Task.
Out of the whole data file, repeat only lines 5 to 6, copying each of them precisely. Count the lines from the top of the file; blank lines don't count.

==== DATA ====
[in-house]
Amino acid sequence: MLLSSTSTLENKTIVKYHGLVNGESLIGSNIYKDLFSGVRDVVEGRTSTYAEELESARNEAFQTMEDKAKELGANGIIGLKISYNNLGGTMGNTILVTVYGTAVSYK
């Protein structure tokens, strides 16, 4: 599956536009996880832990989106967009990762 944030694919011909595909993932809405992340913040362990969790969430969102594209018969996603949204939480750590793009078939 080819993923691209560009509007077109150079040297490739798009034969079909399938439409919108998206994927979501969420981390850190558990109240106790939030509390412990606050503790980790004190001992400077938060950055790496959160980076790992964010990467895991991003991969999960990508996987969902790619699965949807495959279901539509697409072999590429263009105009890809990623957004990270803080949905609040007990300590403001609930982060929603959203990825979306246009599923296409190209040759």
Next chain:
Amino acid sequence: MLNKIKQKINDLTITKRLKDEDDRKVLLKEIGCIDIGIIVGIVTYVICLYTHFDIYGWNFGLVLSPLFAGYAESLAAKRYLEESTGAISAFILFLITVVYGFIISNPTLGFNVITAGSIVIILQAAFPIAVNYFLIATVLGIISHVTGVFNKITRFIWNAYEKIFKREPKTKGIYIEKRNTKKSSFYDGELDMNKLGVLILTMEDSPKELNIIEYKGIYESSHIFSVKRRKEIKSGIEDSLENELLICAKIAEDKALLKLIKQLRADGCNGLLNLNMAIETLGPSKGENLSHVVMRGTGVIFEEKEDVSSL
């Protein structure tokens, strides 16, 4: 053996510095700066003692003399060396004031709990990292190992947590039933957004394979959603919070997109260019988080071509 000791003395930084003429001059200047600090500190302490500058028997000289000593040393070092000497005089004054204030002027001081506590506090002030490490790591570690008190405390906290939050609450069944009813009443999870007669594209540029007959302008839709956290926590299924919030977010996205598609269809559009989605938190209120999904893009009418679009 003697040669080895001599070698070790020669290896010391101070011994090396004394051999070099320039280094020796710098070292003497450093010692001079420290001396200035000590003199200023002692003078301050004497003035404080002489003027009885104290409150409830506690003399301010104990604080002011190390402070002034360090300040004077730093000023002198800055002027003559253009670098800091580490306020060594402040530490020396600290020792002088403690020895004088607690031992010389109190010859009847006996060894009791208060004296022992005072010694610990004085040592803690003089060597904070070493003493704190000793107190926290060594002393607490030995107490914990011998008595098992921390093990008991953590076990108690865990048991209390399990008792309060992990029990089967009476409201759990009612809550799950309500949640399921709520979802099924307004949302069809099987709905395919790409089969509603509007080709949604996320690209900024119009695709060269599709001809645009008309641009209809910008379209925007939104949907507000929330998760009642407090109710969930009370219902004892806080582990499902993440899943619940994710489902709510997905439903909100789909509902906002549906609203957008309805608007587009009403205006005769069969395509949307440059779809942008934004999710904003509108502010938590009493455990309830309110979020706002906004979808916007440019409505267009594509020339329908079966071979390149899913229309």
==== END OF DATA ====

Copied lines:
Amino acid sequence: MLNKIKQKINDLTITKRLKDEDDRKVLLKEIGCIDIGIIVGIVTYVICLYTHFDIYGWNFGLVLSPLFAGYAESLAAKRYLEESTGAISAFILFLITVVYGFIISNPTLGFNVITAGSIVIILQAAFPIAVNYFLIATVLGIISHVTGVFNKITRFIWNAYEKIFKREPKTKGIYIEKRNTKKSSFYDGELDMNKLGVLILTMEDSPKELNIIEYKGIYESSHIFSVKRRKEIKSGIEDSLENELLICAKIAEDKALLKLIKQLRADGCNGLLNLNMAIETLGPSKGENLSHVVMRGTGVIFEEKEDVSSL
């Protein structure tokens, strides 16, 4: 053996510095700066003692003399060396004031709990990292190992947590039933957004394979959603919070997109260019988080071509 000791003395930084003429001059200047600090500190302490500058028997000289000593040393070092000497005089004054204030002027001081506590506090002030490490790591570690008190405390906290939050609450069944009813009443999870007669594209540029007959302008839709956290926590299924919030977010996205598609269809559009989605938190209120999904893009009418679009 003697040669080895001599070698070790020669290896010391101070011994090396004394051999070099320039280094020796710098070292003497450093010692001079420290001396200035000590003199200023002692003078301050004497003035404080002489003027009885104290409150409830506690003399301010104990604080002011190390402070002034360090300040004077730093000023002198800055002027003559253009670098800091580490306020060594402040530490020396600290020792002088403690020895004088607690031992010389109190010859009847006996060894009791208060004296022992005072010694610990004085040592803690003089060597904070070493003493704190000793107190926290060594002393607490030995107490914990011998008595098992921390093990008991953590076990108690865990048991209390399990008792309060992990029990089967009476409201759990009612809550799950309500949640399921709520979802099924307004949302069809099987709905395919790409089969509603509007080709949604996320690209900024119009695709060269599709001809645009008309641009209809910008379209925007939104949907507000929330998760009642407090109710969930009370219902004892806080582990499902993440899943619940994710489902709510997905439903909100789909509902906002549906609203957008309805608007587009009403205006005769069969395509949307440059779809942008934004999710904003509108502010938590009493455990309830309110979020706002906004979808916007440019409505267009594509020339329908079966071979390149899913229309």